n-6 PUFA are well known for their critical role in many physiological functions and seem to reduce risks of CHD. However, some argue that excessive consumption of n-6 PUFA may lead to adverse effects on health and therefore recommend reducing dietary n-6 PUFA intake or fixing an upper limit. In this context, the present work aimed to review evidence on the link between n-6 PUFA and risks of CVD. Epidemiological studies show that n-6 PUFA dietary intake significantly lowers blood LDL-cholesterol levels. In addition, n-6 PUFA intake does not increase several CVD risk factors such as blood pressure, inflammatory markers, haemostatic parameters and obesity. Data from prospective cohort and interventional studies converge towards a specific protective role of dietary n-6 PUFA intake, in particular linoleic acid, against CVD. n-6 PUFA benefits are even increased when SFA intake is also reduced. In regards to studies examined in this narrative review, recommendation for n-6 PUFA intake above 5 %, and ideally about 10 %, of total energy appears justified.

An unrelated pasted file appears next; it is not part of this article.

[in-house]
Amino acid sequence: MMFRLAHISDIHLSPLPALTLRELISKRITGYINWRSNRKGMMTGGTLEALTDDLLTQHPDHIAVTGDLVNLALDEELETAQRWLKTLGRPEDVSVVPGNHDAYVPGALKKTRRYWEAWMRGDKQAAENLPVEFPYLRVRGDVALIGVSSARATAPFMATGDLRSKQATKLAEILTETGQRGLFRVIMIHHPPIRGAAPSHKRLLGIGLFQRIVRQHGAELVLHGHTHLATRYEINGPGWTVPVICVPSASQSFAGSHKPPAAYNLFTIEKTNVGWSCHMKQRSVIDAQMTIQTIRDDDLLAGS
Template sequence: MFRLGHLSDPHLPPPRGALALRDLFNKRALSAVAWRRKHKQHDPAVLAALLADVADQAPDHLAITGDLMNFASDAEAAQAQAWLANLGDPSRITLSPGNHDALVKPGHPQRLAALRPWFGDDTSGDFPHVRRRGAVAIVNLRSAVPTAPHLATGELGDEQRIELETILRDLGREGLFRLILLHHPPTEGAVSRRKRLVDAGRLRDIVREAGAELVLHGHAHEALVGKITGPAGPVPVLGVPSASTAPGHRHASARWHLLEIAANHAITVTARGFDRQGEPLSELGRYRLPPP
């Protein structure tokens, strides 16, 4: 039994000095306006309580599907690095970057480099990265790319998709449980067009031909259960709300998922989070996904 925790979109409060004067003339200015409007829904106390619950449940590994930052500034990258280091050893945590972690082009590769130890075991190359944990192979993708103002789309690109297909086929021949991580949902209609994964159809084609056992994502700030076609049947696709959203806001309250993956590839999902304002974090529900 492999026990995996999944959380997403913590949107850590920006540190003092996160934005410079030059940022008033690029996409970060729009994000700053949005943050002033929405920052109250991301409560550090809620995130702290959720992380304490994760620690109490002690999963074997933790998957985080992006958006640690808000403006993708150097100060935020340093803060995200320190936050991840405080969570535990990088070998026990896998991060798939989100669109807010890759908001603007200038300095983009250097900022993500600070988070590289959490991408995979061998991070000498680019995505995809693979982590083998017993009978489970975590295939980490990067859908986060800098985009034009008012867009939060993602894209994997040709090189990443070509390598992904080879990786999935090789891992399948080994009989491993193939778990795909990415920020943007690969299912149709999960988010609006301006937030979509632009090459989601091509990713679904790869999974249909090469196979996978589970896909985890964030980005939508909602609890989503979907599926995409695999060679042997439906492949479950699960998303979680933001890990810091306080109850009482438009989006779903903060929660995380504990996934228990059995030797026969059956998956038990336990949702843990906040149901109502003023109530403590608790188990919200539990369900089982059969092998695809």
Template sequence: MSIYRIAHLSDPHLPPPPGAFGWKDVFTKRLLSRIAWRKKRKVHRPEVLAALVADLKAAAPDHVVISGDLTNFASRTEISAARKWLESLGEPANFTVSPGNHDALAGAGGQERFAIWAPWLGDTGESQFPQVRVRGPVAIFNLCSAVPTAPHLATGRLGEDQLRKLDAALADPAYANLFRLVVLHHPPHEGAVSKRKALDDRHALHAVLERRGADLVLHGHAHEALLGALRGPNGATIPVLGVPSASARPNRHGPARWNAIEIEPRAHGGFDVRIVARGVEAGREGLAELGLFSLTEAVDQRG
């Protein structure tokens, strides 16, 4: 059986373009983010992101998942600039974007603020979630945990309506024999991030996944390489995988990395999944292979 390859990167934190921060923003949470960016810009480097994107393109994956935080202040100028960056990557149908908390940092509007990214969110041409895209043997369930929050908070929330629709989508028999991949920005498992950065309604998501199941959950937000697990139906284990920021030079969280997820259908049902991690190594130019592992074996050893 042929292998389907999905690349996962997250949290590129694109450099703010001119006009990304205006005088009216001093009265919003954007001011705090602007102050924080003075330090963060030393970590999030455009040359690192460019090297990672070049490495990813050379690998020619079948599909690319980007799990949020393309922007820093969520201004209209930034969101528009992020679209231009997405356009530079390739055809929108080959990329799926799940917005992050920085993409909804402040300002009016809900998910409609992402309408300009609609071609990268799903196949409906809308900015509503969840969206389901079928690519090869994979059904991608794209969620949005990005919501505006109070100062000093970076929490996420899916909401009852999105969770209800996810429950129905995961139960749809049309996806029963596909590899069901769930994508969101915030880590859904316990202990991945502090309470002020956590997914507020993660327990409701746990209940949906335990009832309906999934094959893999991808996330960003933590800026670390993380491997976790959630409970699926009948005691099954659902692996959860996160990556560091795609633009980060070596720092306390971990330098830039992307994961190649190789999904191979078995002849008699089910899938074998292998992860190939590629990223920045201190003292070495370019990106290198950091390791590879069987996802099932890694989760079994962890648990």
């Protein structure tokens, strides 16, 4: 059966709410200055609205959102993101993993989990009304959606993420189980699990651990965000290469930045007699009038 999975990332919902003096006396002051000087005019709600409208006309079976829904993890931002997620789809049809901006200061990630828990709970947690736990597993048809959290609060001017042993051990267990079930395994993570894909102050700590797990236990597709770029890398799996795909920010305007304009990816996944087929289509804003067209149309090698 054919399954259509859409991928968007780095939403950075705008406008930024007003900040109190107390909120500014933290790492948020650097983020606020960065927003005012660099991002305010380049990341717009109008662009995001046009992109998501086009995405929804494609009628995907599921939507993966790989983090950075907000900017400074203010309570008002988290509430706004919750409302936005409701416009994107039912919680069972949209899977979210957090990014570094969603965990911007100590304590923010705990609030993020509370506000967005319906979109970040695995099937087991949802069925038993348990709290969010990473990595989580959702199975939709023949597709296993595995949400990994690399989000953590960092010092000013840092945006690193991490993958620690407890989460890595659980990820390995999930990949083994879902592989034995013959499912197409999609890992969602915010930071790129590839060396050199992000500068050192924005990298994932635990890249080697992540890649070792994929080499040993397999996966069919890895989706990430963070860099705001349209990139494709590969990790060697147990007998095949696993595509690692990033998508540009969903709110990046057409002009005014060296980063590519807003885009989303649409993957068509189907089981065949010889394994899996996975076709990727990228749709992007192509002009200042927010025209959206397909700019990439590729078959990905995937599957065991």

(Received May 22 2009)
(Revised April 22 2010)
(Accepted April 23 2010)
(Online publication June 04 2010)
Abbreviations: AA, arachidonic acid; HDL-C, HDL-cholesterol; LA, linoleic acid; LDL-C, LDL-cholesterol